The National Recreation Area proposal is part of the California Public Lands Act (S.3288) passed in the House of Representatives on July 21, 2020 as an amendment to the National Defense Authorization Act. This strategy makes it more likely to pass in the Senate, which is the bill’s next stop. The Act would also expand protected Wilderness areas in the San Gabriel Mountains by 31,069 acres and designate 45.5 miles of Wild and Scenic Rivers in the San Gabriel Mountains. These are long-standing Sierra Club Forest Committee goals.
Nearby Nature Volunteers and youth from Kid City Hope Place on a hike in the San Gabriel Mountains National Monument. Nearby Nature is a national Sierra Club program. Photo credit: Roberto Morales.
The Act would complete the San Gabriel Mountains National Monument by adding 109,142 acres to it. Established by President Obama in 2014, the expanded Monument will include almost all of the historic San Gabriel Mountain range. The Monument addition is located in the Angeles National Forest east of Santa Clarita and north of foothill cities from Sylmar east to Pasadena, Altadena, Sierra Madre and Monrovia. Even in an era of austere public land budgets, the existing Monument is already having a positive effect with new efforts underway to improve species protection and recreational conditions for the highly diverse visitor base of the East Fork of the San Gabriel River (called “Cattle Canyon,” the project’s original name, on the map).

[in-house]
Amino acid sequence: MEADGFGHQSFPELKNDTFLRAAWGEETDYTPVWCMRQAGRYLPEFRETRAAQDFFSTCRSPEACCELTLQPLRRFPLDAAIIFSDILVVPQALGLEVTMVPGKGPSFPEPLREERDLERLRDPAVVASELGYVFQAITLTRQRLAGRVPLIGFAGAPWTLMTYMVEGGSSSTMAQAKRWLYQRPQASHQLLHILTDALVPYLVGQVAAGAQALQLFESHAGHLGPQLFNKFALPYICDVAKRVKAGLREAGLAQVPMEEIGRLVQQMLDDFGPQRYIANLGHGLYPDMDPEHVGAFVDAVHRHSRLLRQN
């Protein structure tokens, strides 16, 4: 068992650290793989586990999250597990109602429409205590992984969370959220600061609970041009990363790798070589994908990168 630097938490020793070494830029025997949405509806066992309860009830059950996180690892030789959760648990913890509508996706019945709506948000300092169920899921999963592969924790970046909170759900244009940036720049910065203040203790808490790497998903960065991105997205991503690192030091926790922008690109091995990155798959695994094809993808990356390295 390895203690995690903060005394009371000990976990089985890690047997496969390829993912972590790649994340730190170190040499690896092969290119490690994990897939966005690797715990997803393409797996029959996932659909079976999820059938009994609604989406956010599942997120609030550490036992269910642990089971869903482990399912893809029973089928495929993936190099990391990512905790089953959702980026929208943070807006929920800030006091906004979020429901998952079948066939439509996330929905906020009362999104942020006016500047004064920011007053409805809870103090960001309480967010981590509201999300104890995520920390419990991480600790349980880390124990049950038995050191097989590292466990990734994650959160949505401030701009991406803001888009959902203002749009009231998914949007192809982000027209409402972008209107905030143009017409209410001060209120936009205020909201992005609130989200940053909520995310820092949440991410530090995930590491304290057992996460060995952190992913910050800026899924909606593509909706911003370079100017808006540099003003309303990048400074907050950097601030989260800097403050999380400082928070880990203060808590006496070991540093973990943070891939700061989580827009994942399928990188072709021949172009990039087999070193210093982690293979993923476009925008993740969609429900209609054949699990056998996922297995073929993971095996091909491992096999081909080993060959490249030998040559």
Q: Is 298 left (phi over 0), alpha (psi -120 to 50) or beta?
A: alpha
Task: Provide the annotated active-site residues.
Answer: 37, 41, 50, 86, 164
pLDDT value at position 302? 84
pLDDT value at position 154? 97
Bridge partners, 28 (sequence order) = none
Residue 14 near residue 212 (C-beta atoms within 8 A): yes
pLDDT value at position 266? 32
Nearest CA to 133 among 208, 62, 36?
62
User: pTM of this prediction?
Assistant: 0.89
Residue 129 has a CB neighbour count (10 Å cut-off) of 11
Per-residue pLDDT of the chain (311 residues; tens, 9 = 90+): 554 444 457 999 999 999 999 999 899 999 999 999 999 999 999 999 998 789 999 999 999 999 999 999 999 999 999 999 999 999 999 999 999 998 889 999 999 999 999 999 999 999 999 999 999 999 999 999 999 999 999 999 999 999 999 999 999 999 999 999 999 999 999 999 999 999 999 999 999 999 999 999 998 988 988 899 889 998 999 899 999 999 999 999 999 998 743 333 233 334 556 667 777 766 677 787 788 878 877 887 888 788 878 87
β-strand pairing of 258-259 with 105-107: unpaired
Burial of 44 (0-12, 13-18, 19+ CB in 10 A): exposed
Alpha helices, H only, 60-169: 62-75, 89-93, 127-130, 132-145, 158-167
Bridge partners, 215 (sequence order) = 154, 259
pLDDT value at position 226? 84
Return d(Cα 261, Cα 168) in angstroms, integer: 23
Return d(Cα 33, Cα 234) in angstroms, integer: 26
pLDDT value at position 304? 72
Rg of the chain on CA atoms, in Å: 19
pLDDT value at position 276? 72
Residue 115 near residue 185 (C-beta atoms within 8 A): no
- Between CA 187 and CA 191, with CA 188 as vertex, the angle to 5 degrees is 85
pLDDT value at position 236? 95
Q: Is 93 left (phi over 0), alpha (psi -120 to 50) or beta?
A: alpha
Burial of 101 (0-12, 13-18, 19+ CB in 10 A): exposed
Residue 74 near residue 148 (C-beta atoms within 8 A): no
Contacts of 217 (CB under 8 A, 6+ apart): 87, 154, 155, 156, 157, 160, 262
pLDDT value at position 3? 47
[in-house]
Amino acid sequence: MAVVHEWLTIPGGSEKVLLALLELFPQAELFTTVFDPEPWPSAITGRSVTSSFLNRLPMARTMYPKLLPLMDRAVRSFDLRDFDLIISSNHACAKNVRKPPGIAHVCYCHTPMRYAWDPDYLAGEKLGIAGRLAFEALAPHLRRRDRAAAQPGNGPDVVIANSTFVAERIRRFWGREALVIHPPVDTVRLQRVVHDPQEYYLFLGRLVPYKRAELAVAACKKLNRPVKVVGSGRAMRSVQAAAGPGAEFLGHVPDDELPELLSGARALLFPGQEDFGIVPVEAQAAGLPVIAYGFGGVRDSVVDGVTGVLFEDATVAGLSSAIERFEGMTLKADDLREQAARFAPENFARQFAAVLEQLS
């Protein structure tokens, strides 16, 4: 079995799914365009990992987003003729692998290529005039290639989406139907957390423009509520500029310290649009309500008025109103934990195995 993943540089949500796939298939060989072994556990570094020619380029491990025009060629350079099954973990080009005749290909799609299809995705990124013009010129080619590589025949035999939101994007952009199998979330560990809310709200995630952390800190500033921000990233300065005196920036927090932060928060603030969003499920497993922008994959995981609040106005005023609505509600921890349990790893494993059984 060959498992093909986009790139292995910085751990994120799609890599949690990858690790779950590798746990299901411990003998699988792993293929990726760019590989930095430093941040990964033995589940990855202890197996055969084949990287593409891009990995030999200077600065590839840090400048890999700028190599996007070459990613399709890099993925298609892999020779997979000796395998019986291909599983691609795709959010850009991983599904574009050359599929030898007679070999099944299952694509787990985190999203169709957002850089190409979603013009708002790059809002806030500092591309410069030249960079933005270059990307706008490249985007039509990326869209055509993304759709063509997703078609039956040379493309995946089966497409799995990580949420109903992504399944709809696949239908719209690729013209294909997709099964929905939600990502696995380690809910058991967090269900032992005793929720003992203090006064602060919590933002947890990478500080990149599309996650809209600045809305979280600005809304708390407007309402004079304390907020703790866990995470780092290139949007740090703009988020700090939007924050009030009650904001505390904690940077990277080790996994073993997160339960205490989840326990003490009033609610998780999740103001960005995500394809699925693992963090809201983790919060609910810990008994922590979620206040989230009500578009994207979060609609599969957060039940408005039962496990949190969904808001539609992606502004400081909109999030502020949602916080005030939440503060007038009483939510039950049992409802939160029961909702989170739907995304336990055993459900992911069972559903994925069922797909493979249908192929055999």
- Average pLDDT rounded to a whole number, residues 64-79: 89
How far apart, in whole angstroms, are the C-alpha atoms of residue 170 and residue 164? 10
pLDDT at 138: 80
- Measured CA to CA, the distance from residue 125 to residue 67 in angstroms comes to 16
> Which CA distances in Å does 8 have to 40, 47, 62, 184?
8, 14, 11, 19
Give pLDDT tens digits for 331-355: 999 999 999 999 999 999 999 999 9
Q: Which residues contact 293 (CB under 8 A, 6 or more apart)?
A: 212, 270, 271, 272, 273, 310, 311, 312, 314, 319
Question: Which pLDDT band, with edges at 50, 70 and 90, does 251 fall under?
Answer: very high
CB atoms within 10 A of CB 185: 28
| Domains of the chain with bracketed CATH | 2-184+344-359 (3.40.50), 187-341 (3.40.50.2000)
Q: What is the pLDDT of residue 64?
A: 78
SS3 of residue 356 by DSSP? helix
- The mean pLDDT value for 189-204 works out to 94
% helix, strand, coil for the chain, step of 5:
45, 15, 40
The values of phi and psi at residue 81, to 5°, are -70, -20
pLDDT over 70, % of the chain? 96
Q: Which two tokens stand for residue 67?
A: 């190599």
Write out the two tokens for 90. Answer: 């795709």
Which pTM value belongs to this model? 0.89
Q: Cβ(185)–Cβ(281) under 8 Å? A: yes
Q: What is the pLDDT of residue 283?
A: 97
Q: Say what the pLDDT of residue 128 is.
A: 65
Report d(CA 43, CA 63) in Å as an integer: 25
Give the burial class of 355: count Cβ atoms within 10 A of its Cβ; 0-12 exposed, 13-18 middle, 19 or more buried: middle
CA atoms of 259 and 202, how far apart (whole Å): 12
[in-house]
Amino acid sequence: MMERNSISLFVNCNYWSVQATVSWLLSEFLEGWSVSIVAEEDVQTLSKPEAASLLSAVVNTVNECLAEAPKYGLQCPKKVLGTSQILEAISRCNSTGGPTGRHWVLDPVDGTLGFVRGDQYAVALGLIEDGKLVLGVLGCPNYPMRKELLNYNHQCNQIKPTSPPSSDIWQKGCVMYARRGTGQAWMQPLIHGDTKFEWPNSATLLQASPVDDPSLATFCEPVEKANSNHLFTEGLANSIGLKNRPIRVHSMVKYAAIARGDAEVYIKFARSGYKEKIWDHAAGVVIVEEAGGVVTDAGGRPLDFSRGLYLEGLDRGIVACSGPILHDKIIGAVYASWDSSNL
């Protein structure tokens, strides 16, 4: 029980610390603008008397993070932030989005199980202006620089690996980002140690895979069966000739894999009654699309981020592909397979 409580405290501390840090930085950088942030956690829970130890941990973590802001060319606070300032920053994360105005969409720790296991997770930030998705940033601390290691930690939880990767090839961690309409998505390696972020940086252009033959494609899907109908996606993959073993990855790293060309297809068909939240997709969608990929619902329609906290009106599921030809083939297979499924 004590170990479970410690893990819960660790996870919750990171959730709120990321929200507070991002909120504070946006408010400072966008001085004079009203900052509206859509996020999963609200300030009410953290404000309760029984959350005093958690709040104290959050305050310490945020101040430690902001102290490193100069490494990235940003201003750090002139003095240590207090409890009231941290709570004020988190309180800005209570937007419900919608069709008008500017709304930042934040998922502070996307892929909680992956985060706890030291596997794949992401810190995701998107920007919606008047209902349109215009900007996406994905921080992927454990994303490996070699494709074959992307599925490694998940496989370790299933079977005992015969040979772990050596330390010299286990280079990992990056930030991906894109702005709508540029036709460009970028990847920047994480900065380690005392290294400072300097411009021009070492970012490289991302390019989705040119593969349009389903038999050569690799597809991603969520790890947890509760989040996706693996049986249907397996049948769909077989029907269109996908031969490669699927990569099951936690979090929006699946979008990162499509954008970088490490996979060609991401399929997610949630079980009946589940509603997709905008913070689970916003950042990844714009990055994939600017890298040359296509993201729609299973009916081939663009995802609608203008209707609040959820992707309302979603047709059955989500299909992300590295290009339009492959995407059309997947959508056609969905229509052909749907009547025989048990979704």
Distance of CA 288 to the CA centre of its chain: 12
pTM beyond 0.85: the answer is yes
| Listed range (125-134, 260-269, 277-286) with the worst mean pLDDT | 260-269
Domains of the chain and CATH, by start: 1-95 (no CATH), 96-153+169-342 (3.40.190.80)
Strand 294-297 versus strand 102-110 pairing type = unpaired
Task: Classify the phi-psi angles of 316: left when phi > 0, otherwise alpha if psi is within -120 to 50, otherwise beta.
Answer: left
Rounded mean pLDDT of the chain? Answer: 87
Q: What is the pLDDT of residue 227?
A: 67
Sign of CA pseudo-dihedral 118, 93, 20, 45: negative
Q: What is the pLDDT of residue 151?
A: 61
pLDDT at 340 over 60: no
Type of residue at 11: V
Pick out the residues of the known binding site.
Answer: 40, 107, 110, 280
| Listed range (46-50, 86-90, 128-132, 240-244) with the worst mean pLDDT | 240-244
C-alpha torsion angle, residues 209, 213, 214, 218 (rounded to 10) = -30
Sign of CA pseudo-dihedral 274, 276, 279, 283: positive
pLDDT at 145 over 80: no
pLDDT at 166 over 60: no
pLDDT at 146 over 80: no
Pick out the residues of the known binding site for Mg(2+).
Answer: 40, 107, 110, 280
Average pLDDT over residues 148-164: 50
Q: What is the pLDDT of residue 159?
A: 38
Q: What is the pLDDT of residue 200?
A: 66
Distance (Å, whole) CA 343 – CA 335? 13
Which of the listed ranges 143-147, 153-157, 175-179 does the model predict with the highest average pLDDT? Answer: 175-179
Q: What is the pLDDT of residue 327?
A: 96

The California Public Lands Act would have impacts across California, protecting and increasing access to more than 1 million acres of public lands and well over 500 miles of rivers. The legislation incorporates three bills into one legislative package that includes the San Gabriel Mountains Foothills and Rivers Protection Act authored by Rep. Judy Chu (D-Pasadena).
The Act is now being championed by California Senator Kamala Harris and cosponsored by Senator Dianne Feinstein. The bill will be coming up soon for a vote in the Senate where it actually has a chance of passage if we put enough constructive pressure on Congress.
In a University of Southern California study, researchers found that young people in “low-income and concentrated poverty areas as well as neighborhoods with a majority of Latinos, African Americans, and Asian-Pacific Islanders, have dramatically lower levels of access to park resources than White-dominated areas of the city.” More than half of LA County’s youth population is Latinx. “The Sierra Club must boldly address inequity in access to open space,” said Liliana Griego, a member of the Forest Committee management team and Chapter ExCom. “Helping pass the California Public Lands Act is an important step in the right direction.”
The Council of Mexican Federations (COFEM) in Los Angeles joins the Sierra Club in supporting the California Public Lands Act. COFEM seeks to establish a unified voice to improve educational, health, social, and political conditions for Latino immigrants. Photo credit: John Monsen